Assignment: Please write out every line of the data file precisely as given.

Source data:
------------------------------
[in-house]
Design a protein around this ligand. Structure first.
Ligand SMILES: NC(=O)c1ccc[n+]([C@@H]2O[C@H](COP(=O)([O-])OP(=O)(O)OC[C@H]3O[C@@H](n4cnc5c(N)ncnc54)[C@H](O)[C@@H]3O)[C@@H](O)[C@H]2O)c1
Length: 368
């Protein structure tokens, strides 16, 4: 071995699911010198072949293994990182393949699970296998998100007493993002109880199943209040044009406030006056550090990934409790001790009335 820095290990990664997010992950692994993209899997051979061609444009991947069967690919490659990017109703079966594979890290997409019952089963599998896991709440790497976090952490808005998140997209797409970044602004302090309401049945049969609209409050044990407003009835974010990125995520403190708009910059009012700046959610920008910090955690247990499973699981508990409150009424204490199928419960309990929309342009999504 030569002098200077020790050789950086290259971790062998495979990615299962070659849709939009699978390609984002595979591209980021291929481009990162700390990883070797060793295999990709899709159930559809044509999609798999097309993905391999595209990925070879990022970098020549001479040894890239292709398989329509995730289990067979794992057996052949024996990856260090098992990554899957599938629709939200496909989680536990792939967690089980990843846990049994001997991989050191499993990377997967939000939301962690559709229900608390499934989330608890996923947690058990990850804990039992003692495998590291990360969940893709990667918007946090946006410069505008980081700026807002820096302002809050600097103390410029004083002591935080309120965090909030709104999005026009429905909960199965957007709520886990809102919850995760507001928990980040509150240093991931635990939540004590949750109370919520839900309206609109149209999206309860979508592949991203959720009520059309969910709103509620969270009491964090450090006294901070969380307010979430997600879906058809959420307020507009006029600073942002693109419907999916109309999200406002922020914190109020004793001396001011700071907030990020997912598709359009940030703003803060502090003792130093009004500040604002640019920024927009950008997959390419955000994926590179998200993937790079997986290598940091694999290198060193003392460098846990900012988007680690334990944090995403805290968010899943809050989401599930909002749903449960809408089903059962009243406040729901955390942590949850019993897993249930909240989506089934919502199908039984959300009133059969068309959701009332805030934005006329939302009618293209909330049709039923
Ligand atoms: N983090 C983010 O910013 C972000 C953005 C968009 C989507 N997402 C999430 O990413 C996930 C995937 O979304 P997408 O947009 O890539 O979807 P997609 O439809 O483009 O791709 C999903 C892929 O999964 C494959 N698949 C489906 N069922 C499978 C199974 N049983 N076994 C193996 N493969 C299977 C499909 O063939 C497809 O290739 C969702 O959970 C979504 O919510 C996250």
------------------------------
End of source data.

[in-house]
Design a protein around this ligand. Structure first.
Ligand SMILES: NC(=O)c1ccc[n+]([C@@H]2O[C@H](COP(=O)([O-])OP(=O)(O)OC[C@H]3O[C@@H](n4cnc5c(N)ncnc54)[C@H](O)[C@@H]3O)[C@@H](O)[C@H]2O)c1
Length: 368
């Protein structure tokens, strides 16, 4: 071995699911010198072949293994990182393949699970296998998100007493993002109880199943209040044009406030006056550090990934409790001790009335 820095290990990664997010992950692994993209899997051979061609444009991947069967690919490659990017109703079966594979890290997409019952089963599998896991709440790497976090952490808005998140997209797409970044602004302090309401049945049969609209409050044990407003009835974010990125995520403190708009910059009012700046959610920008910090955690247990499973699981508990409150009424204490199928419960309990929309342009999504 030569002098200077020790050789950086290259971790062998495979990615299962070659849709939009699978390609984002595979591209980021291929481009990162700390990883070797060793295999990709899709159930559809044509999609798999097309993905391999595209990925070879990022970098020549001479040894890239292709398989329509995730289990067979794992057996052949024996990856260090098992990554899957599938629709939200496909989680536990792939967690089980990843846990049994001997991989050191499993990377997967939000939301962690559709229900608390499934989330608890996923947690058990990850804990039992003692495998590291990360969940893709990667918007946090946006410069505008980081700026807002820096302002809050600097103390410029004083002591935080309120965090909030709104999005026009429905909960199965957007709520886990809102919850995760507001928990980040509150240093991931635990939540004590949750109370919520839900309206609109149209999206309860979508592949991203959720009520059309969910709103509620969270009491964090450090006294901070969380307010979430997600879906058809959420307020507009006029600073942002693109419907999916109309999200406002922020914190109020004793001396001011700071907030990020997912598709359009940030703003803060502090003792130093009004500040604002640019920024927009950008997959390419955000994926590179998200993937790079997986290598940091694999290198060193003392460098846990900012988007680690334990944090995403805290968010899943809050989401599930909002749903449960809408089903059962009243406040729901955390942590949850019993897993249930909240989506089934919502199908039984959300009133059969068309959701009332805030934005006329939302009618293209909330049709039923
Ligand atoms: N983090 C983010 O910013 C972000 C953005 C968009 C989507 N997402 C999430 O990413 C996930 C995937 O979304 P997408 O947009 O890539 O979807 P997609 O439809 O483009 O791709 C999903 C892929 O999964 C494959 N698949 C489906 N069922 C499978 C199974 N049983 N076994 C193996 N493969 C299977 C499909 O063939 C497809 O290739 C969702 O959970 C979504 O919510 C996250």